A book review by Georg Eyerman (aka The Great Pumpkin).

Illustrated Weathering Guide to WWII Late War German Vehicles

 Well, I’m back for another book review!  This time, I’ll be reviewing "The Illustrated Weathering Guide to WWII Late War German Vehicles” from AMMO by Mig Jimenez.  As opposed to my last title that I reviewed, this more of a picture/workshop volume, with a ring-style binding allowing the book to lay completely flat when opened.  The book is 232 pages long and uses a sideways legal format which is to say that it is bound on the 8 ½ inch side and being about 14 inches wide.  The pages are heavy duty smooth semi-gloss paper with minimal glare.  The cover actually covers the ring binding, preventing damage to the rings and pages. This is quite well thought-out. Bravo MIG!

            

The book comprises an introduction, 9 chapters and 10 vehicles.  Each vehicle gets its own chapter.  Yes you’re reading that right.  No, my public school education mathematics hasn’t failed me. In a very cool blend of the real and virtual, the last chapter is dedicated to a late production Panzer IV ausf H. However, it’s virtual!  The contents page includes a QR code that works with a smart phone to open a link to allow you to read the section.  I hope that this is the way of the future as it will allow for added content of books without the need to print extra pages. Again, bravo!  Very cool!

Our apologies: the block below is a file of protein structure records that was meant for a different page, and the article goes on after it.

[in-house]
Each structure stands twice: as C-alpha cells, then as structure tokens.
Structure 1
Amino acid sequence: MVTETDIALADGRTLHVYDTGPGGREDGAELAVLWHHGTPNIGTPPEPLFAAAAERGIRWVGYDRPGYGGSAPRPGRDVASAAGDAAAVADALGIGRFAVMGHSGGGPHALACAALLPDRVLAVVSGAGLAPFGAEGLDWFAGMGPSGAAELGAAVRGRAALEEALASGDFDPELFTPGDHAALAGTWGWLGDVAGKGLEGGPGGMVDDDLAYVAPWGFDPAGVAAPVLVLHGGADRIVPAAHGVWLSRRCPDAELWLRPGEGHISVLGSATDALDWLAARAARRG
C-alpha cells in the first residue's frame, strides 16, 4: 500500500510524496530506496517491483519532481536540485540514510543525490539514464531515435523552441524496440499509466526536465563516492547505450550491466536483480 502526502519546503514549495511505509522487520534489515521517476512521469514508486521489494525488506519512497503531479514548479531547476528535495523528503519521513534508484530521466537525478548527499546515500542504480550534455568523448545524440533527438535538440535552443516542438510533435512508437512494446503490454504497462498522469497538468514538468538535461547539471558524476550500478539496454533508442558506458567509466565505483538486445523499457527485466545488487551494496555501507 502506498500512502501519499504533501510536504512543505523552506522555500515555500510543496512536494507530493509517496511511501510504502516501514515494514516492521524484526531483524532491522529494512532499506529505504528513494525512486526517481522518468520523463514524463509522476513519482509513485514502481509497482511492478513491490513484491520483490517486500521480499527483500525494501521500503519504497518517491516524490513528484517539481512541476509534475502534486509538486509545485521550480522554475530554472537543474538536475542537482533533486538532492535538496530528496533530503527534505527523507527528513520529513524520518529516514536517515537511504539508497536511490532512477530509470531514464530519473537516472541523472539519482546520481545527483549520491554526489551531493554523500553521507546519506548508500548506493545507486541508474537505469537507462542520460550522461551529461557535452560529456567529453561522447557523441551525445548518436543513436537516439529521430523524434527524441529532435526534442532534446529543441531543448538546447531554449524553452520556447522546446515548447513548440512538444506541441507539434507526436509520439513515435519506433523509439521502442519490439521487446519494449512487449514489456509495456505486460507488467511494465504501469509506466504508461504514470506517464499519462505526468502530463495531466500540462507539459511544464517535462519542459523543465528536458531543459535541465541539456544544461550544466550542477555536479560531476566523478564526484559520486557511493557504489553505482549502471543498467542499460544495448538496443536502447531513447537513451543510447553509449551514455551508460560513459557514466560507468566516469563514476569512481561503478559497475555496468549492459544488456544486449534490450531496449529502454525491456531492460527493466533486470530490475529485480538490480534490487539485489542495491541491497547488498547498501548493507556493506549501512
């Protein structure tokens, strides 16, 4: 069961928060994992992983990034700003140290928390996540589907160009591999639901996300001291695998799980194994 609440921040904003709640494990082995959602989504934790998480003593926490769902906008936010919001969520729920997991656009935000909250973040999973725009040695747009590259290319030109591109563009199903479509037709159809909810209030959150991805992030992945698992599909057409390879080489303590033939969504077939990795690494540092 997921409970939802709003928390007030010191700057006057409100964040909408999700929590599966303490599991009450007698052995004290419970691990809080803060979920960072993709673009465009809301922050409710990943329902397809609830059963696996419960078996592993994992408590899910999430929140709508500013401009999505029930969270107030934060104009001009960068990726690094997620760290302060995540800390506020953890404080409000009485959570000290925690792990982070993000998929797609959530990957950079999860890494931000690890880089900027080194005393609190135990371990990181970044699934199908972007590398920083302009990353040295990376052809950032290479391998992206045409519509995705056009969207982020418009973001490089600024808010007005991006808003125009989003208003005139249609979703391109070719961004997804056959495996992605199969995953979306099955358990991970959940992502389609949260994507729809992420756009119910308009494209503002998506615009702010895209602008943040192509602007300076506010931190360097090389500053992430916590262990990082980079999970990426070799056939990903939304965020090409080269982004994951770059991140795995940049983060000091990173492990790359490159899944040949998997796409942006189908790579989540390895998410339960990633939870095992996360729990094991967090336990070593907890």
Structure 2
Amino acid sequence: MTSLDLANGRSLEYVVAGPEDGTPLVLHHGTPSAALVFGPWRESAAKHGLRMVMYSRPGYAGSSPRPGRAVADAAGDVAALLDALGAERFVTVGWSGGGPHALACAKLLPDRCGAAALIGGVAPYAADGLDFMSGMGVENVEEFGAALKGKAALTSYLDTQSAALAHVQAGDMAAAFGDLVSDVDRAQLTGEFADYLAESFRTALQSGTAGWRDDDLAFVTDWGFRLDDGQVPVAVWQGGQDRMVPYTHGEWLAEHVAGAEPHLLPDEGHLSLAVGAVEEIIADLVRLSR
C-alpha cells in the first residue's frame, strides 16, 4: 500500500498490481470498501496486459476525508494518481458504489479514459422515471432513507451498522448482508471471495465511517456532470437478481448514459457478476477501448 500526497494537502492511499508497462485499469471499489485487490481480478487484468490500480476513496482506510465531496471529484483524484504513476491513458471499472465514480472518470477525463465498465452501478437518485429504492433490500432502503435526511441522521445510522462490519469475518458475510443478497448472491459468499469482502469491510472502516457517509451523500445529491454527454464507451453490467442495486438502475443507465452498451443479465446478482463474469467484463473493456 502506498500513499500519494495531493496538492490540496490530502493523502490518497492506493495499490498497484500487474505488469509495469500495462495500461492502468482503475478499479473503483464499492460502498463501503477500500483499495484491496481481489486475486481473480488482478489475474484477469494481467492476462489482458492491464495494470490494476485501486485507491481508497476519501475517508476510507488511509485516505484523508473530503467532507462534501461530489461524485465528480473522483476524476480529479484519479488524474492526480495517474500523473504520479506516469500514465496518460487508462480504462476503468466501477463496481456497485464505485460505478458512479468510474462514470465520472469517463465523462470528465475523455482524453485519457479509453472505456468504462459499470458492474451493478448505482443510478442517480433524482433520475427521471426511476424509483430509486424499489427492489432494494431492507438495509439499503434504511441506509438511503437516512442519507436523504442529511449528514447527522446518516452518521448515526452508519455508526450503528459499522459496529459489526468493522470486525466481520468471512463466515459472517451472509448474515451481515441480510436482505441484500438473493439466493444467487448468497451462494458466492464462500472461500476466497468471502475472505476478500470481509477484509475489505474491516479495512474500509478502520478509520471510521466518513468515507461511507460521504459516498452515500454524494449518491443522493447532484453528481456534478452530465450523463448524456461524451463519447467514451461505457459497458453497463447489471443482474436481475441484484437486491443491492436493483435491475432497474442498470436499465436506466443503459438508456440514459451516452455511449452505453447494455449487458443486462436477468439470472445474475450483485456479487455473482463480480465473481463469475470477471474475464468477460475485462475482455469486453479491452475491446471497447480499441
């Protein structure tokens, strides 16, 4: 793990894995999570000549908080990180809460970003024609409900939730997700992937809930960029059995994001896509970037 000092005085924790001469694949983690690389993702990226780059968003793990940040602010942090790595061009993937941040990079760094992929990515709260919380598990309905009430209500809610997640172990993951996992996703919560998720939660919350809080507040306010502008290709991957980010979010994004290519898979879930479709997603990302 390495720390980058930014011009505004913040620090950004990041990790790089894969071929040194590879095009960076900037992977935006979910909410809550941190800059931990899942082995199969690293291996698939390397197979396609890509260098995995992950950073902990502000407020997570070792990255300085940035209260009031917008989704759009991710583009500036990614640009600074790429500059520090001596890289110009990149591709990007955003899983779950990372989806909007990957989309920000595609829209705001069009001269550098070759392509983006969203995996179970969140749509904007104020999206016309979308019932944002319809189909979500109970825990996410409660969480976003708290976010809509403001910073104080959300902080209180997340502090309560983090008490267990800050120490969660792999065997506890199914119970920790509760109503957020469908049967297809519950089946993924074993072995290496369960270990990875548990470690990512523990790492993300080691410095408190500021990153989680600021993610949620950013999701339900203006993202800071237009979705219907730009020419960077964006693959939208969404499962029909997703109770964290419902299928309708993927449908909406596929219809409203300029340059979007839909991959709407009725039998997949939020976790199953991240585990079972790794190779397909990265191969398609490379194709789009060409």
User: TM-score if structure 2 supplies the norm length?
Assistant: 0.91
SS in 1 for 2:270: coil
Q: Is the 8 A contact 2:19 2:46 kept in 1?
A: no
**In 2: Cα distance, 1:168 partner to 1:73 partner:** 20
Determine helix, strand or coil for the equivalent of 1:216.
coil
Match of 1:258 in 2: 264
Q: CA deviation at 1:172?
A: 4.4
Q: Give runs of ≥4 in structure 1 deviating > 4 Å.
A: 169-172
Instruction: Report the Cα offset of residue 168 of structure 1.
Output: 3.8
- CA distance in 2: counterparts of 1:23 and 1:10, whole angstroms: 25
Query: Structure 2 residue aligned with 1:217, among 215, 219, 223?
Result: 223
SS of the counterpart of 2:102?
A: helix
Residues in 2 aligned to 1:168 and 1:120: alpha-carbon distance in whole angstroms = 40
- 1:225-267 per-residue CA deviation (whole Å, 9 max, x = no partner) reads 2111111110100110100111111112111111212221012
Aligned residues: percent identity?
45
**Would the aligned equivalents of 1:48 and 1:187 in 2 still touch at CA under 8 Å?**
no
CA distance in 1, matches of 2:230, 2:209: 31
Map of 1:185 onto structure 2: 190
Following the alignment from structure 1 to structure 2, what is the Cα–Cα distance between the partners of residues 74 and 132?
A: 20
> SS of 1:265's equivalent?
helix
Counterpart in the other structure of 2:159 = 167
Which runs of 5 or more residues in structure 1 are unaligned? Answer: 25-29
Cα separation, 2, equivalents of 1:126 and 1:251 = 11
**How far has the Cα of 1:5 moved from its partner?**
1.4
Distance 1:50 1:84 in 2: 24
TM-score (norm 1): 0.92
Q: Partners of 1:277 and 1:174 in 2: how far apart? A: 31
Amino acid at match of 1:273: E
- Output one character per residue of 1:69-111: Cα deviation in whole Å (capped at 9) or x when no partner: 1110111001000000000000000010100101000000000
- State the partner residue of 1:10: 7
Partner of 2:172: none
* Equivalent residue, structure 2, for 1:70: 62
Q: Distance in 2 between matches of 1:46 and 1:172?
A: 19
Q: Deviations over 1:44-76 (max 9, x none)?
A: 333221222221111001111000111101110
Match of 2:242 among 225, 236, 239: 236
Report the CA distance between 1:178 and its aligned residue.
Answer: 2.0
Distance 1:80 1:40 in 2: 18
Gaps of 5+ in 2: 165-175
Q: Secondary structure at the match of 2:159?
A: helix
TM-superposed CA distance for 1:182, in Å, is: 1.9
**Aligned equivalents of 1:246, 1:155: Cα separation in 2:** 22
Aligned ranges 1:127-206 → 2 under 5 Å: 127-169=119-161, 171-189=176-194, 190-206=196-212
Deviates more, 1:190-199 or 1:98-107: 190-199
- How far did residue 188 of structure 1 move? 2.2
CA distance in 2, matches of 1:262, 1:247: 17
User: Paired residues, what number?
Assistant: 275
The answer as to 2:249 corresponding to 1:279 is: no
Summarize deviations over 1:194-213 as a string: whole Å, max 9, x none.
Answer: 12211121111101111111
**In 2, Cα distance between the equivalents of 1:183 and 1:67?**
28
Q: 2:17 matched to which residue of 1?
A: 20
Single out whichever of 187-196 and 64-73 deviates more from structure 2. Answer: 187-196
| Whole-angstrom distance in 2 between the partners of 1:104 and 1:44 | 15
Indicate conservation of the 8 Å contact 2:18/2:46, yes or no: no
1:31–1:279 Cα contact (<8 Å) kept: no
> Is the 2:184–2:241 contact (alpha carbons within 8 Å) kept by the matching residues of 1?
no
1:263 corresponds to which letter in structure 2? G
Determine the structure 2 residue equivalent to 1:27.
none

The introduction is pretty extensive out of necessity, as it explains the basic theory, techniques, products and tools used, and pictograms used in the book. All the materials and tools are, by design, AMMO of MIG products and this is sort of expected, given who the publisher is.  The following 9 chapters cover the following vehicles:

Chapter Vehicle
1 Panzer V “Panther” Ausf. G
2 StuG. III Ausf. G Final production
3 Sd.Kfz 251/21D Hanomag
4 Jagdpanzer VI “Jagdtiger”
5 Panzer VI Tiger Ausf. B “Kingtiger”
6 Jagdpanzer V “Jagdpanther”
7 Sonderfahrzeug IV Porsche Type 205 “Maus”
8 Sd.Kfz 234/4
9 Panzer VI “Tiger I”

            

Each chapter is pretty much laid out the same way, with a short explanation of the particular vehicle and then a progressive set of drawings of the vehicle as it would appear with each weathering step; which I think is a good idea, giving a road map of the steps to go from base-coat to completion.  I am going to voice two gripes at this point.  First, there is no contemporary reference picture(s) included of the vehicle in question.  For me, this raises the question of authenticity of the paint scheme being displayed.  With the exception of the Maus, I probably have seen at least one photo of each vehicle, but a photo, or selection of inspirational ones, would have been nice. Second, is that the illustrations are not actual models, but drawings.  The ideas presented are good, but I will insert the caveat, “your mileage may vary.”  There are things you can do on paper, or effects that are possible, that simply don’t work or can’t be achieved in the real world.  I will let you make the judgment here.  Each step is a two page affair, with the technique explained, materials and pictograms on the left-hand page and the associated illustrations on the right.  As such, the illustrations are large and well-detailed.